Smart Assessment & Learning Analytics

Imagine this as a university campus. Imagine this is what we could do with our data. Can we build this at VT? Can we foster an interdisciplinary “meeting of the minds”: instructional design, learning technologies, brain science, education, psychology, computer science, systems engineering, OAA, CIDER, others … to serve the needs of our students and faculty–novice learners and master learners–for the 21st century?

Diana Chapman Walsh, president of Wellesley College from 1993 to 2007, has called for a new “science of learning” that leverages both advances in brain science and fast-changing technology. Her vision of assessment emphasizes that assessing WHAT students have learned is less valuable than finding out HOW they learn. Walsh looks to the work of Michael Polanyi, whose 1958 book Personal Knowledge distinguished explicit knowledge (“learning about”) from tacit knowledge (“learning to be”), as a model for analyzing and understanding socially constructed understanding in the digital age.

This PowerPoint presentation raises some of the core issues we should consider as we move from narrowly quantitative measures of learning to more comprehensive, nuanced, and qualitative understandings of learning.


Many challenges await us as we design assessments to deepen learning.  We need to develop analytics that do far more than function as in loco parentis for students. How do we foster student agency and choice for best decision-making practices on their part as they learn how to learn? So, a refined “best practices” for creating and utilizing sophisticated learning analytics would be ideal.

  • We need multiple ways to assess student success and achievement of learning outcomes.
  • Currently, we often build tools that we only think will fit everyone’s needs—because we don’t have the data.
  • We need innovative approaches to the personalization of curriculum and learning, including an innovative CLE that moves from a checklist model of “general education” to a truly generalizable educational foundation.

How, with learning analytics, can we examine different pieces of our curriculum and pedagogy and determine which are or are not contributing well to student learning? How can we ensure that the university does not simply tell students what to do and when, but instead empowers individual learners by asking them, with guidance from faculty, to reflect deeply on their own learning, and how digital technologies can further their learning? These are questions of personalization, indeed of the mass customization that the digital age makes possible at scale. Without these questions, we cannot generate the richer, more nuanced questions we need for a more sophisticated and effective philosophy of assessment. Cognitive development deserves the richest analytics we can imagine.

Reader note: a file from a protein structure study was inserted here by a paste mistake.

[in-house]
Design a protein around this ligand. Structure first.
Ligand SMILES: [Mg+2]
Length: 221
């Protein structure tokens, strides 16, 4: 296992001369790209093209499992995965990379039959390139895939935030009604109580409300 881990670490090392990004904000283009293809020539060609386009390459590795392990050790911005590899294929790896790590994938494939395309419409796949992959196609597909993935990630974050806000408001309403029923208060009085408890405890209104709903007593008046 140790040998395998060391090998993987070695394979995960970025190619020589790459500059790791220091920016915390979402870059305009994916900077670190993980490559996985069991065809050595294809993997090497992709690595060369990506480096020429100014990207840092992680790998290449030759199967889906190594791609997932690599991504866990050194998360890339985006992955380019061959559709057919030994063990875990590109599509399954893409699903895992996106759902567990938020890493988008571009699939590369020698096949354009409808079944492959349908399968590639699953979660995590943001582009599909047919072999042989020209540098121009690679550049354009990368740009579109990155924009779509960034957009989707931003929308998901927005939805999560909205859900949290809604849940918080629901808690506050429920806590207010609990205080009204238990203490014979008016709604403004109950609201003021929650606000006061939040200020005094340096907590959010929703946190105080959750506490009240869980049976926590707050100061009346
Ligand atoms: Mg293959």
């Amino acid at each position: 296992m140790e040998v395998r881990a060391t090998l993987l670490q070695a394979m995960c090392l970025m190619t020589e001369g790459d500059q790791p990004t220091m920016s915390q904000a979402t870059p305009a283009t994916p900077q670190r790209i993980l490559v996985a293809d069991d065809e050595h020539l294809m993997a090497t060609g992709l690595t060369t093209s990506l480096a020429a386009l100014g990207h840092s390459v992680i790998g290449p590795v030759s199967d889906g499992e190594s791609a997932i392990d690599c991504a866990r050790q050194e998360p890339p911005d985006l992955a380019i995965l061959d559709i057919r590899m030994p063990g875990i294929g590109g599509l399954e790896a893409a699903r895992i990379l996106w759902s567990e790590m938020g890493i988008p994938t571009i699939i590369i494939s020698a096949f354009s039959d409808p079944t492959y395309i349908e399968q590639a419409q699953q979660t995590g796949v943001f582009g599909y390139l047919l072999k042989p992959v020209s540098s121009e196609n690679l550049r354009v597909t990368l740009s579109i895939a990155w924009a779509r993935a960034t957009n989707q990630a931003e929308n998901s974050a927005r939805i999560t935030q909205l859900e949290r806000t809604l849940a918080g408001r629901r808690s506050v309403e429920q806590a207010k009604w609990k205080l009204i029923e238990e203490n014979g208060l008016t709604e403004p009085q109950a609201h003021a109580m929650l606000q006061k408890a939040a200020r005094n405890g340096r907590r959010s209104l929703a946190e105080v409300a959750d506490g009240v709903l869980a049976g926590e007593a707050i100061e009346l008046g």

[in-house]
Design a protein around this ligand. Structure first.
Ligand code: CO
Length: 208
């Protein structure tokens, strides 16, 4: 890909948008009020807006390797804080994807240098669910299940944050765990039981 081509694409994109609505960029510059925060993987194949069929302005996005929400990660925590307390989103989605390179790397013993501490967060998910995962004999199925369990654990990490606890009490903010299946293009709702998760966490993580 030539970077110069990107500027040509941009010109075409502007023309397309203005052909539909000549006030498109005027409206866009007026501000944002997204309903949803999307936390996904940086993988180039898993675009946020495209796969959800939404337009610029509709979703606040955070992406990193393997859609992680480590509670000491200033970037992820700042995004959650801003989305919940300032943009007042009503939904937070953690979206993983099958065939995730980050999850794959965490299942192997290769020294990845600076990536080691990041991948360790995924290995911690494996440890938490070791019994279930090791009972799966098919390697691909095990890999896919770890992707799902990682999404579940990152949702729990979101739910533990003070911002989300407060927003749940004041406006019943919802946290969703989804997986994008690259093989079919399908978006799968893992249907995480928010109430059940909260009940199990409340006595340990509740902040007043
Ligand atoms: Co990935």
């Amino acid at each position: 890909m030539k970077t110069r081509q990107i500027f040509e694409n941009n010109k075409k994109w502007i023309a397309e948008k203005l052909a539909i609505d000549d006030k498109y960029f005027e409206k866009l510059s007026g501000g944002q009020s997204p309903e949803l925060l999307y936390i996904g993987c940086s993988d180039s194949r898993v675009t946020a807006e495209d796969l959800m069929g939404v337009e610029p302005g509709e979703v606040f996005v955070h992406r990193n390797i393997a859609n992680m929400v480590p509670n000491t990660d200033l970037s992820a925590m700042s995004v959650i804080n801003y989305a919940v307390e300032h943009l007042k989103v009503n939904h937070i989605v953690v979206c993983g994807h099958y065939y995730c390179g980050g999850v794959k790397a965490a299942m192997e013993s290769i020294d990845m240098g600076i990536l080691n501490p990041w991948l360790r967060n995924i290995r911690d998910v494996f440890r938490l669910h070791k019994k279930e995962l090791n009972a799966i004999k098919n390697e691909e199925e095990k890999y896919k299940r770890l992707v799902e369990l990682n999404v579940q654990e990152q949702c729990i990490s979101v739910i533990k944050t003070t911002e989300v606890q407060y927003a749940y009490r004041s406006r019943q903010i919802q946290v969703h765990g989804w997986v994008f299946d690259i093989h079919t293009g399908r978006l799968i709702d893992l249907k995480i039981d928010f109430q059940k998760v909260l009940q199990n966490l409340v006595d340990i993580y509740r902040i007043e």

[slideshare id=1914779&doc=apgar-090827092551-phpapp01]


Academic advising must become more alert, informed, and helpfully tailored to each student’s needs and interests. While personal mentoring, done well, remains the most intimate and effective form of academic advising, analytics can help both mentor and student make better and more informed decisions. Adding a social dimension to these analytics can make the entire system more robust and effective. Businesses such as Netflix, Amazon, etc. have devised powerful recommendation systems that could serve as models for higher education, as several colleges and universities are already finding. See, for example, “The Netflix Effect: When Software Suggests Students’ Courses” (Jeffrey Young, The Chronicle of Higher Education, April 10, 2011):

Some two-thirds of movies rented on Netflix result from recommen­da­tions made by the site, and users rate recommended films half a star higher than those they find on their own. That’s according to the book Su­per Crunchers: Why Thinking-by-Numbers Is the New Way to Be Smart.

[Young] asked the book’s author, Ian Ayres, a Yale Law School professor, why he trusts machines with such personal decisions.

He says humans tend to have blind spots when handling tasks like advising, which involve complex systems. People often give too much weight to certain details based on personal preferences.


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